Advice Request RC Equipment

Although I am not new to sailing and modeling, I am quite new to Radio Control.
I would like advice as to ‘good’ brands and models for 2 and 4 channel transmitters, receivers etc. I hope to use the receiver in a footy or larger size sailing boat. I searched this forum for specific advice but was unsuccessful (probably blind - sorry!).
Are there restrictions on equipment that I can legally use in Australia, I wonder?
Thanks heaps for advice!
Keith Richardson:cool:

Futaba and Hitec are the big brand names which can supply stuff for (beginners)
, but I’m sure people will suuggest you buy a 2.4 GHz radio system ( $200+) You can get a basic 2-chanel 75 MHz radio system for about 50 bux. :slight_smile:

Keith, here are a couple of links for you to visit in Australia.

Malcolm at Radio Yacht Supplies is the man to talk to for all your inquiries regarding radio control in OZ.
Give him a call and tell him I sent you.
Best wishes. IanHB.

a hobby shop in Hong Kong
they are selling a 2.4GZ TX & RX for $29.99 and RX’s for $14.56
I think this would make a great starter radio

Regarding the $29 Hobby King 2.4 GHz (Hong Kong) radio - I bought one for a ABS hulled 1 meter boat and have had bad luck with range. I get 200 feet at best, and I have tried two of their receivers, one with short antennas and one with longer (supposedly coaxial wires) antennas. No luck. I get good range checks on dry land, but on water i have trouble. Both antennas are above the water line (you actually get dual receivers for your $29.9, or 14.99 respectively).
Right now I’m sailing with an illegal Hitec Optic six - I am waiting for Hitec to release their Spectra 2.4 Module in June so I can be legal again (unlike our friends the Mythbusters who seem to have no qualms using aircraft radios for ground purposes…).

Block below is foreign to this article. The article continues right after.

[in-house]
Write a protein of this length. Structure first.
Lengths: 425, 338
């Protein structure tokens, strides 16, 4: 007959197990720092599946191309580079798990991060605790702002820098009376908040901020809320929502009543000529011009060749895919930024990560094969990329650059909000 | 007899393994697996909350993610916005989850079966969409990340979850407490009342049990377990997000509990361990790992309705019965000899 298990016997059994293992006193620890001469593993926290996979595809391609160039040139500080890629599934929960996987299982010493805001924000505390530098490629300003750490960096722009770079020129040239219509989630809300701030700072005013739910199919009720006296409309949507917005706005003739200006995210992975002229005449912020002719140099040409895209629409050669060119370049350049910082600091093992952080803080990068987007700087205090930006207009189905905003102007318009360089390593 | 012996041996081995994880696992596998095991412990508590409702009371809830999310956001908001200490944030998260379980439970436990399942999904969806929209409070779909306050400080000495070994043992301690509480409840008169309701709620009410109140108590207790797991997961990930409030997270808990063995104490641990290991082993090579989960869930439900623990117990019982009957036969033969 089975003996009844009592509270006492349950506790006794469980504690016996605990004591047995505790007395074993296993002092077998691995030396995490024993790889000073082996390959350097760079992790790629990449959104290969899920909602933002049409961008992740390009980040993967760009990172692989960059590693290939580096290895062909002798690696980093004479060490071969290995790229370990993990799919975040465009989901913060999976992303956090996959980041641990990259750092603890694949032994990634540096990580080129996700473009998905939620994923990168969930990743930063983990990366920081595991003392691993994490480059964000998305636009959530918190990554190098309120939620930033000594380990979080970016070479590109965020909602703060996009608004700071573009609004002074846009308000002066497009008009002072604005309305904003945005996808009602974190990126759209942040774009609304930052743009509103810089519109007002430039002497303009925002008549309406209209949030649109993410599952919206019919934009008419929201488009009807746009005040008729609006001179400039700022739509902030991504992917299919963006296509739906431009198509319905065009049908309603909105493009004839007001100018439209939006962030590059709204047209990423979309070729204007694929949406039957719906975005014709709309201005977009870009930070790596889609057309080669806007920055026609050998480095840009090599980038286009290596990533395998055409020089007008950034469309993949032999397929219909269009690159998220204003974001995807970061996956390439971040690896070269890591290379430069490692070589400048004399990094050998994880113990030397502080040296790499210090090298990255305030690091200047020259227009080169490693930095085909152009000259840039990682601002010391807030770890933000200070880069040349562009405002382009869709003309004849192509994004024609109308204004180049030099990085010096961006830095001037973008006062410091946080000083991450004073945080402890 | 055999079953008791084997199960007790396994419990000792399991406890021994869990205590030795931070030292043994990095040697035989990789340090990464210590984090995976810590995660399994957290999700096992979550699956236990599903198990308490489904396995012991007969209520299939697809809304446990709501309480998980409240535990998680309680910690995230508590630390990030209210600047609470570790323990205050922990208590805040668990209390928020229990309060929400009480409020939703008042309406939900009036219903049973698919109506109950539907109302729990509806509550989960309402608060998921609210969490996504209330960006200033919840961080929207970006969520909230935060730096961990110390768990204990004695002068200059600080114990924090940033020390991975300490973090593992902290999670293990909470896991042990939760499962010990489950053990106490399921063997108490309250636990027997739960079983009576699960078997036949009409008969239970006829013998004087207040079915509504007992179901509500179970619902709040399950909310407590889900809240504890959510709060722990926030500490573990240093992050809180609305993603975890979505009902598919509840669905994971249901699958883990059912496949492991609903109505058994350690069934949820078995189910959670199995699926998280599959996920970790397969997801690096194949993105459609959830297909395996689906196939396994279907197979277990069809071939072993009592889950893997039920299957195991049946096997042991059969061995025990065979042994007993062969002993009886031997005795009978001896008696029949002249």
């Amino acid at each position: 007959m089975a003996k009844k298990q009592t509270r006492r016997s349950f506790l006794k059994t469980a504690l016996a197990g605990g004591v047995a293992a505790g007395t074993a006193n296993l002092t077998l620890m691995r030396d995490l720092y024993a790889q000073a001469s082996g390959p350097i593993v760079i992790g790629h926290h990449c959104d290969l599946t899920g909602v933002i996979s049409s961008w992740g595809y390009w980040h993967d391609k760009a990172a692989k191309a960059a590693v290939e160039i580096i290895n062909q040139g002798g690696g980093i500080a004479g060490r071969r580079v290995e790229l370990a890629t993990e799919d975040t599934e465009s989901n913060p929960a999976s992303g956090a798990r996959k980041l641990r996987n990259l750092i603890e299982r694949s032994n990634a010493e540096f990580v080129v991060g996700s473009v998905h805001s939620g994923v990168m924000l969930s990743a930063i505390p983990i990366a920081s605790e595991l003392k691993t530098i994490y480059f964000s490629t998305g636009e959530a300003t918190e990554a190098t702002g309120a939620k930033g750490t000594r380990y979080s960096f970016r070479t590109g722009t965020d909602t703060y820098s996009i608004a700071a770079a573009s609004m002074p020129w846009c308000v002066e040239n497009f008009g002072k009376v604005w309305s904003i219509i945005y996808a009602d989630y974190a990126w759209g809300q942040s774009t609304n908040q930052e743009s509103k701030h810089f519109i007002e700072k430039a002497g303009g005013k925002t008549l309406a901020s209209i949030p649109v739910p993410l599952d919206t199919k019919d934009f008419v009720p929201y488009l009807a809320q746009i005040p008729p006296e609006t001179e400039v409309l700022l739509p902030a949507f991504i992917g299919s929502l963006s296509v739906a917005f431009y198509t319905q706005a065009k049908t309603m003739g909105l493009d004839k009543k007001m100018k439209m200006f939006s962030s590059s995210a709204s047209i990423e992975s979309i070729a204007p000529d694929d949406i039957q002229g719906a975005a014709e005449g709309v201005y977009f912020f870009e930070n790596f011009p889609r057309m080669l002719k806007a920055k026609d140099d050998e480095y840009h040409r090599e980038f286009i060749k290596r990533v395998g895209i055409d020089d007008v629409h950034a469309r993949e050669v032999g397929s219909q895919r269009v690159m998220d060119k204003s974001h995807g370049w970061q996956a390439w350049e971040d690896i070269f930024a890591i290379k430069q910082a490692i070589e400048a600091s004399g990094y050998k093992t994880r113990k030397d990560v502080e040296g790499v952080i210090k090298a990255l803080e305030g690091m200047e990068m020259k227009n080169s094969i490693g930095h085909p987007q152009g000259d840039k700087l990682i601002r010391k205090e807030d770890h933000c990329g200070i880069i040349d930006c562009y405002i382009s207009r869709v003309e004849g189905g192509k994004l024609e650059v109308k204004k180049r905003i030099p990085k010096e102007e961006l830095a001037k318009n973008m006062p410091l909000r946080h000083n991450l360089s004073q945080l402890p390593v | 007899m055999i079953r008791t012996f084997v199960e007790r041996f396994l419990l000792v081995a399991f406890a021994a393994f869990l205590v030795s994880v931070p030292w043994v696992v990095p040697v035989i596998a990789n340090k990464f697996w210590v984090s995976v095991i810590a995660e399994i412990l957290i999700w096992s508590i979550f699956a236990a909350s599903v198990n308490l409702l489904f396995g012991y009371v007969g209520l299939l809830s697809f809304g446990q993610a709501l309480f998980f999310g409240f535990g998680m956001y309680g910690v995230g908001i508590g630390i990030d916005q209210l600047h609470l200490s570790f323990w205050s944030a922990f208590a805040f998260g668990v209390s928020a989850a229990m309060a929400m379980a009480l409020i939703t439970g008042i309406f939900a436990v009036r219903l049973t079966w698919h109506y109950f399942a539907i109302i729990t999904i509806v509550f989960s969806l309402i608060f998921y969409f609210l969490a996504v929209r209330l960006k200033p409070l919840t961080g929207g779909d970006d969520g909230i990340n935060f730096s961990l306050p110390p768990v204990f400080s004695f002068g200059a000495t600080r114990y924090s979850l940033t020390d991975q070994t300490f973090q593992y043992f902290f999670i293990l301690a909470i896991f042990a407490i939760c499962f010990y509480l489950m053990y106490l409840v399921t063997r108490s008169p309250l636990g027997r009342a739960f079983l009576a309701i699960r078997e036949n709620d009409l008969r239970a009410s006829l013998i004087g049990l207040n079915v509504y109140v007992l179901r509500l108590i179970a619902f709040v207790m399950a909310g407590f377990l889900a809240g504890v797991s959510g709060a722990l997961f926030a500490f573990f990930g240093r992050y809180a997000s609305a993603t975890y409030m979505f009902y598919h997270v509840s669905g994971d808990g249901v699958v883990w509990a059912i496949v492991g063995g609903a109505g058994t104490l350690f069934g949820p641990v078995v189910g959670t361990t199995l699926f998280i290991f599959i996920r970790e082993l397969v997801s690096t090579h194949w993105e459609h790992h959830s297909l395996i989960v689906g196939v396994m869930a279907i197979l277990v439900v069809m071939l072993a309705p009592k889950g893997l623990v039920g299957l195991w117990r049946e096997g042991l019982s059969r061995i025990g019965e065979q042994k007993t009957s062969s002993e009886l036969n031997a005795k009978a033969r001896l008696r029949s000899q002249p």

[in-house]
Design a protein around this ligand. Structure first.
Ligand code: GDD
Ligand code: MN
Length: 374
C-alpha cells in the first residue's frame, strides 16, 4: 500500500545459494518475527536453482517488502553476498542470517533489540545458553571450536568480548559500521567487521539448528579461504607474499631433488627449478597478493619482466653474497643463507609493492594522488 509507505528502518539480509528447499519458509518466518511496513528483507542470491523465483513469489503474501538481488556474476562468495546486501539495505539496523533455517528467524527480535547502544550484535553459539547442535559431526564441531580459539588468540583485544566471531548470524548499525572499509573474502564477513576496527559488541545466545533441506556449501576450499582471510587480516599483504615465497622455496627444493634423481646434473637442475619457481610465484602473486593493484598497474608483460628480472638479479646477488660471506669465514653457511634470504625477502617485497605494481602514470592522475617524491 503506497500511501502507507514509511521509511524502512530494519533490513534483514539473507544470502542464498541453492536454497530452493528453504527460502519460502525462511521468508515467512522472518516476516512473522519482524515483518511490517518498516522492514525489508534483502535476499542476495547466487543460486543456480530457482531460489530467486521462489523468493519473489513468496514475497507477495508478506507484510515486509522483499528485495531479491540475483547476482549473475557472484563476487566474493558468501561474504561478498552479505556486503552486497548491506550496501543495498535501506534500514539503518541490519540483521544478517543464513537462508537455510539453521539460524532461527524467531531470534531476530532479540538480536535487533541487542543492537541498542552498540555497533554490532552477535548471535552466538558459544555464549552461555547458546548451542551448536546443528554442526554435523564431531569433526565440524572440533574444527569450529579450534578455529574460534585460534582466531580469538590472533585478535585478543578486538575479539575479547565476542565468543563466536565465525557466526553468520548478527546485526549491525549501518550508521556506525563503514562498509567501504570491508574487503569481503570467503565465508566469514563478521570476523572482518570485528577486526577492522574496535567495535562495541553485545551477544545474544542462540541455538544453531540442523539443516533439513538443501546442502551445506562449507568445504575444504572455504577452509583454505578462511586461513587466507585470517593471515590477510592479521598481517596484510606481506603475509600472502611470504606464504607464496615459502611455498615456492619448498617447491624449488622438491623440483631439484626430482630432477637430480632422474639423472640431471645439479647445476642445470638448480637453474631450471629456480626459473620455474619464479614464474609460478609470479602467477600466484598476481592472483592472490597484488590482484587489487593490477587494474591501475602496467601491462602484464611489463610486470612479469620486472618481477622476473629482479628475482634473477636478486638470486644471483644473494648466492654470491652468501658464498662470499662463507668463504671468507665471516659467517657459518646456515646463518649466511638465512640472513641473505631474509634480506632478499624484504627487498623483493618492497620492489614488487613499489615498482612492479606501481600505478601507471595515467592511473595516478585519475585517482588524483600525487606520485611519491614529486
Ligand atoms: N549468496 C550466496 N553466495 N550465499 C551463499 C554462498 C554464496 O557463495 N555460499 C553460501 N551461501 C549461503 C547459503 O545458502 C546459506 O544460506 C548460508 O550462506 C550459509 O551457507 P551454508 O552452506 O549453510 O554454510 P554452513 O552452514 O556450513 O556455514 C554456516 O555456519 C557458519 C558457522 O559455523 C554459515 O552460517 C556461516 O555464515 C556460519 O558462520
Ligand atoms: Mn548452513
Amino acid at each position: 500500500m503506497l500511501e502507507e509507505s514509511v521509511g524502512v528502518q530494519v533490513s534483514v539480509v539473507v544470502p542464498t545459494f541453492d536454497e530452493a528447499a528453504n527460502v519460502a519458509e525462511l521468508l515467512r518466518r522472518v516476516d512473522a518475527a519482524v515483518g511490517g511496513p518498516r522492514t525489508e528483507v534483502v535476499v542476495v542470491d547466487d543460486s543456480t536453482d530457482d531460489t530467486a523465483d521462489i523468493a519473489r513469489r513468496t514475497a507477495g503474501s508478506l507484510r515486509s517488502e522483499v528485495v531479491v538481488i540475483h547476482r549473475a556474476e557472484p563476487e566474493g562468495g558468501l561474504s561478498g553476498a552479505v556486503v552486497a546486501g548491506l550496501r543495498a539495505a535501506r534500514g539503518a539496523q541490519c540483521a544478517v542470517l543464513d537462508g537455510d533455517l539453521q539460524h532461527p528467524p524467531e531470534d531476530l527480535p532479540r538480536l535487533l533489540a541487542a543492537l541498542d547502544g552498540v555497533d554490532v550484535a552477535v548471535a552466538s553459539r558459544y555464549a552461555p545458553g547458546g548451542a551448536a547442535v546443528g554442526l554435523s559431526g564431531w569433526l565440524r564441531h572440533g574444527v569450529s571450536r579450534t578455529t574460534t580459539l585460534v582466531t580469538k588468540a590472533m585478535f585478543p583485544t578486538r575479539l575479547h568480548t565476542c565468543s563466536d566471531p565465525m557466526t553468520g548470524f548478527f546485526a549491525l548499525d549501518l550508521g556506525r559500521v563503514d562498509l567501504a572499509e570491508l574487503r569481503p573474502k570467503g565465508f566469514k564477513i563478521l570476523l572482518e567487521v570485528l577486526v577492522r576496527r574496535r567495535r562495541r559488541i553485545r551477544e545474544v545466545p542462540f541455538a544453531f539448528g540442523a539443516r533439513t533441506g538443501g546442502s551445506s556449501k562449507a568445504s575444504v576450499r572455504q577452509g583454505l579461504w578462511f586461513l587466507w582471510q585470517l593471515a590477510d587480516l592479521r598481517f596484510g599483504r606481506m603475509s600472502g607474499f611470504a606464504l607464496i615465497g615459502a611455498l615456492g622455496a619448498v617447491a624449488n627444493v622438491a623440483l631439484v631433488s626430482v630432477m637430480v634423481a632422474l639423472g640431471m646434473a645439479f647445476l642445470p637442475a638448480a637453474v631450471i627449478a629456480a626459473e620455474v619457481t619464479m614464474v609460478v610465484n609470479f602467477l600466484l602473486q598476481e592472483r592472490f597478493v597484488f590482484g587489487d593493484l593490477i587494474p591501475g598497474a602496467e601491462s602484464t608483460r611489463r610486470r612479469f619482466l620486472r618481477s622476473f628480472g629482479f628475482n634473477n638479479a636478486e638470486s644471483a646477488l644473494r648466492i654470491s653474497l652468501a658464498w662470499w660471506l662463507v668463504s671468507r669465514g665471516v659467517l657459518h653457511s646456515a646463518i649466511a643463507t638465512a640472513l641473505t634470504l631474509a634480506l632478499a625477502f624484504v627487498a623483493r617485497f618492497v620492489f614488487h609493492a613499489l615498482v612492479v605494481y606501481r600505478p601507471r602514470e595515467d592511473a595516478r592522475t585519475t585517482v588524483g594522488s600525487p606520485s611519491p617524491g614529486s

I do like the programmable features like endpoint to make setting up the sail controls so much easier, hence I am voiding a cheap 2 channel 2 stick radio. The Hobby King doesn’t have thse features, but I thought the price was worth a try (I was wrong!).

Thank you very much Tomohawk, IanHB, tbarjohn & HHK for your most appreciated advice.
My apologies for the delay in replying - we have been somewhat preoccupied here, but my delay was not good!
I am feeling that 4 channel might be more widely useful to me - any warnings about 4 versus 2 channel?
Any suggestions will be most appreciated.
Cheers, Keith. :cool:

My advice would be the same as I posted in #3 above.
Ask the experts and receive the best advise.
Good luck.:stuck_out_tongue:

Hi Keith. I have been looking at the new cheap FlySky Chinese 2.4gHz radios through the Net. Have not ordered one yet but can point you to the following: manufacturer site for a full discussion of their technical possibilities. independant review

These are mass manufactured and sold under many brand names and bundled with RTF models.
There are three models that would suit you, starting with the 4 channel as recommended below; a 6 channel programmable model; and a 9 channel.
Not all are available from the same outlet, though maybe soon through